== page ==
%LOCALAPPDATA%\NINA\AutoFocus folder. This allows one to programmatically access and review their autofocus operations and do things such as chart and analyze them using a standard machine-readable format. Future plans for this data includes adding a Filter Offset wizard to aid in deriving filter offsets for one’s setup. Stefan also coded up a module for the N.I.N.A. project’s Discord bot which will produce a very pleasant graph of the autofocus log file by just dragging and dropping the JSON file into the chat window:
Prior to 1.10, N.I.N.A. plate solving reliability was good but sometimes suffered from unexplained problems in certain setups. By problems, I mean that a seemingly OK photo would sometimes fail to solve. Walking this back, we traced it to the fact that we were feeding the selected plate solving app a stretched JPEG of the image rather than an unstretched bitmap such as FITS or TIFF, and the lossy compression artifacts in the JPEG would sometimes confuse the star detection routine in the solver. Now, we just feed the plate solvers the image in unstretched FITS format, which is basically the pixel data as it was received from the camera. Things operate quite well now, and failures to solve are instead likely caused by exposure parameters, non-round stars, or other external-to-N.I.N.A. causes.
The behavior regarding syncing solved coordinates has also changed. A plate solve result is now always synced to the mount unless the “No Sync” option is switched on under Options > Equipment > Telescope. This option exists because coordinate syncs can interfere with some pointing model applications, such as Software Bisque’s T-Point. Why these pointing model apps don’t just ignore the syncs in order to protect their model is beyond me, but the option to not sync is present if one requires it.
Lastly, the “Center Target” option will cause all slews to a coordinate to be checked by plate solve and a sync and reslew will be commanded if the plate solve determines that the desired coordinates are not centered in the frame. When N.I.N.A. cannot sync the coordinates (such as when the aforementioned “No Sync” option is activated), N.I.N.A. will calculate the RA and declination offset and nudge the mount the required amount to that location.
XISF (eXtensible Image Serialization Format) is the preferred image format of PixInsight and is starting to gain acceptance in other applications, such as the ASTAP plate solver. While both XISF and the more traditional FITS formats are bitmap-based file formats and the actual image data is, for all intents, the same between the two, the XISF format plugs a bunch of annoying semantic holes that FITS standards body has neglected to address. XISF defines a metadata structure that uses XML rather than very basic fixed-width fields, and it defines built-in compression capabilities that use modern and familiar compression algorithms. XISF also defines where the orientation of the image data array is, so there is no more “flipped image” situation that one might find themselves in with a FITS image.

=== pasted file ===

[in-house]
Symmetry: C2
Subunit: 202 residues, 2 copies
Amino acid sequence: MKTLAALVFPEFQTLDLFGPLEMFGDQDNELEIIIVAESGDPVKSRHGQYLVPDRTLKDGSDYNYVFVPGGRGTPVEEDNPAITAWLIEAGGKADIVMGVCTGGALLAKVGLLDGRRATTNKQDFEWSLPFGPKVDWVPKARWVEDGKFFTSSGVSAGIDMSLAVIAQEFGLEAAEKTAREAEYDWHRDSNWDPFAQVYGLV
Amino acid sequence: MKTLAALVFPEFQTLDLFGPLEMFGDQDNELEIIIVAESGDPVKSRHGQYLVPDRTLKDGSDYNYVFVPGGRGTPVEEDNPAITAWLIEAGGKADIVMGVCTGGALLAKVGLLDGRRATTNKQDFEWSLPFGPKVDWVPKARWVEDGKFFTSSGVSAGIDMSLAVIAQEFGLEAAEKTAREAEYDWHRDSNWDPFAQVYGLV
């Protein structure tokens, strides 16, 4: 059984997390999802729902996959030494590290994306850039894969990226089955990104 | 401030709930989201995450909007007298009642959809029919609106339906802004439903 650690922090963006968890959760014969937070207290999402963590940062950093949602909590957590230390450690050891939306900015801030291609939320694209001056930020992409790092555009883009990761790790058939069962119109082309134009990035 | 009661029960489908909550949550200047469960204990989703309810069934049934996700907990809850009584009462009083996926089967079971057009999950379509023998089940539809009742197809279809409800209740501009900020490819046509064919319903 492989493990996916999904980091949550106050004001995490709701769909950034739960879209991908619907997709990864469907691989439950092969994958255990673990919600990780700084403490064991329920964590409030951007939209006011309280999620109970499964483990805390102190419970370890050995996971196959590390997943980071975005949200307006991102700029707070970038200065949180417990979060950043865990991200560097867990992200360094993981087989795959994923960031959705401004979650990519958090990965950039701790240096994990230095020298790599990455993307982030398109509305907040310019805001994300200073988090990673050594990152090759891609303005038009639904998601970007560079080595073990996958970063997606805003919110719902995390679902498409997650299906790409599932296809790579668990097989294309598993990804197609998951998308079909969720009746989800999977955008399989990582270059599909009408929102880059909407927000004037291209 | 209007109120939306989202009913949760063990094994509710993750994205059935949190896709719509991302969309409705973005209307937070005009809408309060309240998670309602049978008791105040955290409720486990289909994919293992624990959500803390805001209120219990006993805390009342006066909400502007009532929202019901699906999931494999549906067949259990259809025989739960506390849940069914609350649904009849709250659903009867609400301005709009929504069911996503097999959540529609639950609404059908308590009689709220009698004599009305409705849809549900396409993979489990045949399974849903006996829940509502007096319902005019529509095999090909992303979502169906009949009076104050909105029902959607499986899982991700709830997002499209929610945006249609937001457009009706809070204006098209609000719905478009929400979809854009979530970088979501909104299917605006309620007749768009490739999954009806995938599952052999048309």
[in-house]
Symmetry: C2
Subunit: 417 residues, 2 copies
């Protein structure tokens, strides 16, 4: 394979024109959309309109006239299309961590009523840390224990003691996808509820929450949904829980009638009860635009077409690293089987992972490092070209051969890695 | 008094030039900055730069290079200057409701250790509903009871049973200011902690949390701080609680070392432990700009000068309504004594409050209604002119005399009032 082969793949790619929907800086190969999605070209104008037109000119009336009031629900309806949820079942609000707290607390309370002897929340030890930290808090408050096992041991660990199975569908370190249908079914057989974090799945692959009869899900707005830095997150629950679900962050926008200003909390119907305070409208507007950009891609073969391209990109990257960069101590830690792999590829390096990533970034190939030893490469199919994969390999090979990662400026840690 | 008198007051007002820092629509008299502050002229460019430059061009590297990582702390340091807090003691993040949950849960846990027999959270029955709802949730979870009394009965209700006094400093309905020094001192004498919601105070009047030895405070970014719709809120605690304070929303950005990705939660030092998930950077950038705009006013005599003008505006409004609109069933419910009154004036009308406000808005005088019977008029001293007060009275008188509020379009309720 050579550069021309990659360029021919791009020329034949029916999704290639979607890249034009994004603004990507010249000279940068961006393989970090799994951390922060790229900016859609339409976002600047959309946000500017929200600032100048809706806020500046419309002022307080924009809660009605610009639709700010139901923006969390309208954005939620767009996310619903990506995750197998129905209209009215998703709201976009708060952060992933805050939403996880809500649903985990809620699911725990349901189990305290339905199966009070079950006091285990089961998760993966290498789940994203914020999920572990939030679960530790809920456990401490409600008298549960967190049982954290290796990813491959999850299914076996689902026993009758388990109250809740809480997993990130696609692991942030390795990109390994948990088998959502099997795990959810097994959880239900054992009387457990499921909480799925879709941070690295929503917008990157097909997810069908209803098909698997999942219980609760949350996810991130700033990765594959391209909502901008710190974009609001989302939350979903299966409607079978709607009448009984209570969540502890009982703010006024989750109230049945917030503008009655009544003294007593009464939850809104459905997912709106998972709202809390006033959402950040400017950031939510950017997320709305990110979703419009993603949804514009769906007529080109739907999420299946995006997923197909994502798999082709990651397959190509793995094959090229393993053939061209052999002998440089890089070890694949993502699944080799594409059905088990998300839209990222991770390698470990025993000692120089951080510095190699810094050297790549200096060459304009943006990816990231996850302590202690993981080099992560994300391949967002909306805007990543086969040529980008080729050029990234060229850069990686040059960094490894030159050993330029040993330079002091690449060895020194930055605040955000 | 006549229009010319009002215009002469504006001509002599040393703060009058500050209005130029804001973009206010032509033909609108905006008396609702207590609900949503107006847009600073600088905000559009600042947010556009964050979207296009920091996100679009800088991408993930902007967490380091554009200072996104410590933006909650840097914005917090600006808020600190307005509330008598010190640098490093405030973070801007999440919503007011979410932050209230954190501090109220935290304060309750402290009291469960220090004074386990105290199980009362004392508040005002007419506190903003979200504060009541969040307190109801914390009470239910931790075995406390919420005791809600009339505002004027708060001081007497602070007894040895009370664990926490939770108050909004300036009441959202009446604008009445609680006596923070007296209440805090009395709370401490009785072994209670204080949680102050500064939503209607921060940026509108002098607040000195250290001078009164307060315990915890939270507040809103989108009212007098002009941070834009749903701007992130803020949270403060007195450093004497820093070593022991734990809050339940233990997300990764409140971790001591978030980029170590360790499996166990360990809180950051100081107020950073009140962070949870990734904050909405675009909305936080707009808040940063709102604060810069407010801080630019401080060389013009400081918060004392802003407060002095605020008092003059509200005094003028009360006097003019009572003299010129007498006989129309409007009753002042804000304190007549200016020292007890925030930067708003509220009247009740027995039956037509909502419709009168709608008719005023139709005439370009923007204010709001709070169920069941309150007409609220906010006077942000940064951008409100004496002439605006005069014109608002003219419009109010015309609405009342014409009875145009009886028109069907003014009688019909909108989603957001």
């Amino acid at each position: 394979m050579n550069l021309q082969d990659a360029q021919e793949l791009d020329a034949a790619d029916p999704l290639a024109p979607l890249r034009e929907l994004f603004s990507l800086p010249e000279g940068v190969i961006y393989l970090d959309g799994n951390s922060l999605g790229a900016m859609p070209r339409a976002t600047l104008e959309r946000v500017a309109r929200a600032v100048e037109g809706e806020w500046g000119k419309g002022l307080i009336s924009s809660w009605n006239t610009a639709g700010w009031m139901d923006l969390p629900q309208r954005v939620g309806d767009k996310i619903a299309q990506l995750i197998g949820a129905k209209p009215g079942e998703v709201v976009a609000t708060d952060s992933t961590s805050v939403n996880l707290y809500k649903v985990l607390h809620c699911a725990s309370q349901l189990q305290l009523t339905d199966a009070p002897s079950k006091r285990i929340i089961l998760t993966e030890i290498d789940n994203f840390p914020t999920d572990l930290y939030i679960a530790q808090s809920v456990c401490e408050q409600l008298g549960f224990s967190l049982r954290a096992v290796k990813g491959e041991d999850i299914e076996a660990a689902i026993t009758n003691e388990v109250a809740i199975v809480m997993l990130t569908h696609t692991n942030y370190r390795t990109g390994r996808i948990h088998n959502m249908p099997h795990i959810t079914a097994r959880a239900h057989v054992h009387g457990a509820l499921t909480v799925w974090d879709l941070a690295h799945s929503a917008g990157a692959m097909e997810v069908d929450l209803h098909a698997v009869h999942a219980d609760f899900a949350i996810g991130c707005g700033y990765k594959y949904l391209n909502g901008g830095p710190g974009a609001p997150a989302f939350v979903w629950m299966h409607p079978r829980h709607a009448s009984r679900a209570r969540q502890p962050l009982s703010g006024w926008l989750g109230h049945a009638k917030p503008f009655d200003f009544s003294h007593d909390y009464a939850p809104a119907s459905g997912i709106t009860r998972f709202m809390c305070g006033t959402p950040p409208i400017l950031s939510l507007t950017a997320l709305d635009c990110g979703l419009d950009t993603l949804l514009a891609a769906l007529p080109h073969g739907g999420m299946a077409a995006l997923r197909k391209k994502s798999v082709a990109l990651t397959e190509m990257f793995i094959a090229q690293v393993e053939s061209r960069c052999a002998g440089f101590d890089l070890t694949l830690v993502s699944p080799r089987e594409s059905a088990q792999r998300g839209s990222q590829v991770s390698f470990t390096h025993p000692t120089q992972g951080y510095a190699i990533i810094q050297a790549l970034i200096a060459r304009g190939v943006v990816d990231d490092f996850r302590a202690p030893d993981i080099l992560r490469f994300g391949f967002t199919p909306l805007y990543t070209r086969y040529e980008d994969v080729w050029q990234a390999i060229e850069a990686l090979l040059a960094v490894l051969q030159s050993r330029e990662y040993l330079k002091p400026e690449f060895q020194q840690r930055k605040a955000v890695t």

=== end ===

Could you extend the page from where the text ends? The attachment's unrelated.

N.I.N.A. 1.10 expands its XISF support by incorporating full support for XISF compression and data block checksums when both reading and writing XISF files. XISF compression may be useful for those who are storage-constrained and running out of disk space is a worry. It is also useful for those who do things such as transfer image data from a session over the network from their observatory computer to the one where they process the data, a very nice thing with ever-increasing sensor pixel counts. In some cases, compressed XISF images may even open quicker because there is less data being read from the hard drive. N.I.N.A. supports all three of the lossless compression algorithms defined in the XISF 1.0 specification:
- LZ4 is the most basic compression algorithm. It offers quick compression and decompression but the compression ratios achieved will be the lowest compared to the other two available algorithms. My personal experience with typical nebula data is in the 10% to 15% range in terms of file size reduction.
- LZ4-HC – This is the “High Compression” variant of LZ4. As the name implies, it focuses on better compression compared to basic LZ4 but at the expense of some speed, but it’s not a very noticeable impact. This is a good middle-of-the-road choice for those who are running on semi CPU-constrained systems such as mini PCs with the Apollo Lake or Gemini Lake Celeron CPUs. Decompression speed is still very fast.
- Zlib is the most aggressive compression algorithm available, completely throwing away any pretense of being gentle on CPU in its goal to compress data as much as possible. If best compression is your desired outcome, this is your best choice.
Additionally, there is an option called “Byte Swapping” that may be turned on and it affects all compression algorithms. Byte swapping rearranges the image data array prior to compression so that the least significant and most significant bytes of each pixel (a 16 bit pixel is 2 bytes of data) are grouped together in the image data array. This means that bytes that are likely to contain the same values are adjacent to each other which optimizes the data for better compression. This can introduce a further 5% to 10% improvement to image size reduction. Image data bytes are “unswapped” when a byte-swapped compressed file is opened.